social justice It’s been over three decades since Martin Luther King Jr. Day became a federal holiday—but the public image of the man hasn’t grown with the times. Sociology professor Jonathan Rieder, a leading Dr. King expert, offers his opinions based on decades of pioneering research. His most recent books are The Word of the Lord is Upon Me: The Righteous Performance of Martin Luther King, Jr. and Gospel of Freedom: Martin Luther King, Jr.’s Letter from Birmingham Jail and the Struggle That Changed a Nation. Thanks to a John Simon Guggenheim Fellowship and one from the Dubois Institute at Harvard’s Hutchins Center for African and African-American Research, he spent 2015-16 in Cambridge and Alabama working on his new project, Crossing Over: Black-White Encounters in the Transition from Rhythm and Blues to Soul and Beyond.
Who was the real King and how should we remember him correctly?
Professor Jonathan RiederThat’s always the nagging question, and there’s no simple answer to it. The main problem is that we’re constantly inundated with images of the dreamer, the ambassador of love, who envisioned little black and white children holding hands. Surely there’s some truth to that image.
But that image is too often put in the service of national self-congratulations; look how far we’ve come!: It marks off the time of unfreedom from the freedoms of today. And so it’s easy to forget that for all his honeyed words and diplomacy, King was a tough-minded warrior for justice who never stopped chastizing the larger society for racism and all manner of other evils. Nor was he naive about the power of moral appeal to move white conscience, though he never stopped trying. And finally he thought there were always suffering people on the Jericho Road. The task of justice is never finished. Vincent Harding called King “an inconvenient hero.” King meant to unsettle, to disrupt, to speak inconvenient truths.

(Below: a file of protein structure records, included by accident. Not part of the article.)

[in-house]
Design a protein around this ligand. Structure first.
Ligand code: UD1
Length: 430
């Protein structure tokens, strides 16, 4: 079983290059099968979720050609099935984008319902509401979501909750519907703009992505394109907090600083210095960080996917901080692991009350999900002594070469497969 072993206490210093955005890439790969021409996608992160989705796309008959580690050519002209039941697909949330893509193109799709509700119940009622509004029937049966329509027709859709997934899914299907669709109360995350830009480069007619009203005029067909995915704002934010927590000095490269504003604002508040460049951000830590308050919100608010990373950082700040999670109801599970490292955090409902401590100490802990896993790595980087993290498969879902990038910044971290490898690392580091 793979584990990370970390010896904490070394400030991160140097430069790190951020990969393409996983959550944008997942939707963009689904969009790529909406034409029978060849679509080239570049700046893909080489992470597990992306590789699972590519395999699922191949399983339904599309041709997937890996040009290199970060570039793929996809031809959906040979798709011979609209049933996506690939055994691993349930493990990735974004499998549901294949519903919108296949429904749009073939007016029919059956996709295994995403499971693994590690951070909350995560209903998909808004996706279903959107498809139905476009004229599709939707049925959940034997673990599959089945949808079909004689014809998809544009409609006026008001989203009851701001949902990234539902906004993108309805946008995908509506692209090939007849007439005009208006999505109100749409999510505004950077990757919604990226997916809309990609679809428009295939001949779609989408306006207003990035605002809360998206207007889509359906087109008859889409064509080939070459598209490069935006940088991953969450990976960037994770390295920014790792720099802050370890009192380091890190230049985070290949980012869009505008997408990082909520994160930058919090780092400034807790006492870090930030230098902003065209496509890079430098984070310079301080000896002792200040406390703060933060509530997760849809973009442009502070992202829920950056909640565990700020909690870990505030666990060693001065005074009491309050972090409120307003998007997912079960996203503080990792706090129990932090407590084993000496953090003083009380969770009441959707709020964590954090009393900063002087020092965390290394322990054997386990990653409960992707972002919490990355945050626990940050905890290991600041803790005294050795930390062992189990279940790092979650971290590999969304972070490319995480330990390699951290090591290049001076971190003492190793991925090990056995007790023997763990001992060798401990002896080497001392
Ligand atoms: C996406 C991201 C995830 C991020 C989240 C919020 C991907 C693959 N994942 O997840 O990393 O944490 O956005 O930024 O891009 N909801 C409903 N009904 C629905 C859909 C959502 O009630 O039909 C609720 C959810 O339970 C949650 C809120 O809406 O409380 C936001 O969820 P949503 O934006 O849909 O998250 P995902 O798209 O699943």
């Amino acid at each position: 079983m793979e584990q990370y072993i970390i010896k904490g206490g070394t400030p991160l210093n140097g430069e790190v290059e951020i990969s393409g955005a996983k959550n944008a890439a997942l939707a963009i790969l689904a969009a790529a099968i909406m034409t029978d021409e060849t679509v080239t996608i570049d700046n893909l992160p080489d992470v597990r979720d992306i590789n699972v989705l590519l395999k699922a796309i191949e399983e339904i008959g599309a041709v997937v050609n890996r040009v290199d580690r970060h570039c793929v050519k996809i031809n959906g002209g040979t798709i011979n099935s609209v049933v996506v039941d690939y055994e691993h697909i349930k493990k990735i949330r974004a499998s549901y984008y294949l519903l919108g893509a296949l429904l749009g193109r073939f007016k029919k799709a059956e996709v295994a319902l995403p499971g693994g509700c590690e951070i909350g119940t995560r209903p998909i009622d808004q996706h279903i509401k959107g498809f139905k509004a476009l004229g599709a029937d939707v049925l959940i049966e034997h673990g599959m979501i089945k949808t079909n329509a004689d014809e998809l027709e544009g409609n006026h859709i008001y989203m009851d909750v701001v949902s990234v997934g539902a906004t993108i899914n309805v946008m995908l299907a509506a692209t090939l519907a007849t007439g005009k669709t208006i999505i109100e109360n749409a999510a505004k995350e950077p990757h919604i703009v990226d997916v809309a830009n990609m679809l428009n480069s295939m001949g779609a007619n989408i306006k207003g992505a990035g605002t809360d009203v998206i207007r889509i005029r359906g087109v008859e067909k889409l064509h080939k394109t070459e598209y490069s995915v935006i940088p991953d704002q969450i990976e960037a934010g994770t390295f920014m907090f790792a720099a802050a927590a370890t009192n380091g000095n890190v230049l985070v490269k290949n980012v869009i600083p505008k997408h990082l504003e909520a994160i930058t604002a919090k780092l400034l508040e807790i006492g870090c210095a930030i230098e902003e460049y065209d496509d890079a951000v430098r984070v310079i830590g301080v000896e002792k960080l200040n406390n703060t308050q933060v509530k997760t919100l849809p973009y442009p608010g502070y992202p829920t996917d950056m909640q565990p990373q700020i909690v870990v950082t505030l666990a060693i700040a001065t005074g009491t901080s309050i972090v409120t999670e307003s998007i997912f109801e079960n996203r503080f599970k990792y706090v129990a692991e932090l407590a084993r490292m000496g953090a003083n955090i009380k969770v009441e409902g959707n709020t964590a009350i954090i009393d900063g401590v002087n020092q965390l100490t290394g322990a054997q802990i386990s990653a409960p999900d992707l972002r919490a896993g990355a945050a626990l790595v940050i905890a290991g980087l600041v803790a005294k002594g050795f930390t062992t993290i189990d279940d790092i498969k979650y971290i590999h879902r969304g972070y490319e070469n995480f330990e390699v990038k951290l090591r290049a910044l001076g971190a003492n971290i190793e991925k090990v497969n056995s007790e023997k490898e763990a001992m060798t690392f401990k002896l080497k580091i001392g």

What are some of our biggest misconceptions?
That image of King as a dreamer is one of many misconceptions. For starters, and it’s not really surprising, King tended to show only certain sides of himself before white audiences, and even certain black audiences. He tended to keep up a public image of great dignity and refinement. Backstage, it was a different story. King could be hilarious, and bawdy too. He was a wicked tease. He and his preacher buddies joked about sex, about “white crackers” and fried-chicken eating black preachers.
The popular mythology also obscures King’s sympathetic view of black anger, as if he was never an angry black man. But King went through a long period of hating white people, which is why he rarely judged the people who had yielded to hate. “I know the temptation to become bitter . . .it comes to all of us,” he told one audience after the Watts riots, placing himself in that “us” of black anger. Only then did he elevate his audience and preach, “but there is the better way of Jesus Christ.”
Finally, King is often treated as if he was some lone Moses